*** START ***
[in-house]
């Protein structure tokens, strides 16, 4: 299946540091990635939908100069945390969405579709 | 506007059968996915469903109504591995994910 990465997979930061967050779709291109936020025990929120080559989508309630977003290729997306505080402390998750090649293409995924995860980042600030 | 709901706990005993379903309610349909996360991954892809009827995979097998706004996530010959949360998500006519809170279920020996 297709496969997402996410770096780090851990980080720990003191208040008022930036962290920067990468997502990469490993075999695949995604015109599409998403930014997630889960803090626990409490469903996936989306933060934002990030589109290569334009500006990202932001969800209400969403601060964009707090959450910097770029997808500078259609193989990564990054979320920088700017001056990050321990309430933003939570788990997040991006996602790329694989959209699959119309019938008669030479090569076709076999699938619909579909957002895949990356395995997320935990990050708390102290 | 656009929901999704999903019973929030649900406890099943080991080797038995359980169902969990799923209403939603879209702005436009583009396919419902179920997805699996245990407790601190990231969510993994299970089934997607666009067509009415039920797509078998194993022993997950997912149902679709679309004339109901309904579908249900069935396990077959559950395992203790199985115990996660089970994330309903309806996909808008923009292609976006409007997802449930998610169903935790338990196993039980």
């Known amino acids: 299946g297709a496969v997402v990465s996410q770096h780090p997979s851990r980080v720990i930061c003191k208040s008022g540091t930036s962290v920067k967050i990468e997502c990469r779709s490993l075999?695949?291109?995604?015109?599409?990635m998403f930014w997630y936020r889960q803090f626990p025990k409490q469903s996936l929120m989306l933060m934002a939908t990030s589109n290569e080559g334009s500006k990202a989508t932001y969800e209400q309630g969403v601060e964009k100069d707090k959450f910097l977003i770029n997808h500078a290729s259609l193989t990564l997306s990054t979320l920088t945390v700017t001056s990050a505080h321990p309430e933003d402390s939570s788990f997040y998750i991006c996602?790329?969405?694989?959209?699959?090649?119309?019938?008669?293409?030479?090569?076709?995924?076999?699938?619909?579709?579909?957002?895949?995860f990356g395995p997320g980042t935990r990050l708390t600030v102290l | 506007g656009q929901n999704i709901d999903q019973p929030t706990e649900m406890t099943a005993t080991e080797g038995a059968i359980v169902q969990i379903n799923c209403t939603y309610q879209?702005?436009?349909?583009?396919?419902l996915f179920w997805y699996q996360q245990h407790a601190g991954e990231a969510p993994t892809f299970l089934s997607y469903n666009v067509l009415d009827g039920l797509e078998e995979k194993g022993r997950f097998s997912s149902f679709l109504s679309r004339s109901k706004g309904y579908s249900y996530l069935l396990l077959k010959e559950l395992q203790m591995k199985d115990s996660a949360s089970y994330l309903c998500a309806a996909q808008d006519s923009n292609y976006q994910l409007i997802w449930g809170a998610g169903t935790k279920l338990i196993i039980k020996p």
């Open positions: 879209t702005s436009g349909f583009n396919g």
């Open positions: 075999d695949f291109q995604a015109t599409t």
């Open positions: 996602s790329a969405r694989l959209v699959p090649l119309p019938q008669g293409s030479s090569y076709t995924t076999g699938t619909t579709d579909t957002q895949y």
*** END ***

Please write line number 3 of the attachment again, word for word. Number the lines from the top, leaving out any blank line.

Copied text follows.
């Known amino acids: 299946g297709a496969v997402v990465s996410q770096h780090p997979s851990r980080v720990i930061c003191k208040s008022g540091t930036s962290v920067k967050i990468e997502c990469r779709s490993l075999?695949?291109?995604?015109?599409?990635m998403f930014w997630y936020r889960q803090f626990p025990k409490q469903s996936l929120m989306l933060m934002a939908t990030s589109n290569e080559g334009s500006k990202a989508t932001y969800e209400q309630g969403v601060e964009k100069d707090k959450f910097l977003i770029n997808h500078a290729s259609l193989t990564l997306s990054t979320l920088t945390v700017t001056s990050a505080h321990p309430e933003d402390s939570s788990f997040y998750i991006c996602?790329?969405?694989?959209?699959?090649?119309?019938?008669?293409?030479?090569?076709?995924?076999?699938?619909?579709?579909?957002?895949?995860f990356g395995p997320g980042t935990r990050l708390t600030v102290l | 506007g656009q929901n999704i709901d999903q019973p929030t706990e649900m406890t099943a005993t080991e080797g038995a059968i359980v169902q969990i379903n799923c209403t939603y309610q879209?702005?436009?349909?583009?396919?419902l996915f179920w997805y699996q996360q245990h407790a601190g991954e990231a969510p993994t892809f299970l089934s997607y469903n666009v067509l009415d009827g039920l797509e078998e995979k194993g022993r997950f097998s997912s149902f679709l109504s679309r004339s109901k706004g309904y579908s249900y996530l069935l396990l077959k010959e559950l395992q203790m591995k199985d115990s996660a949360s089970y994330l309903c998500a309806a996909q808008d006519s923009n292609y976006q994910l409007i997802w449930g809170a998610g169903t935790k279920l338990i196993i039980k020996p």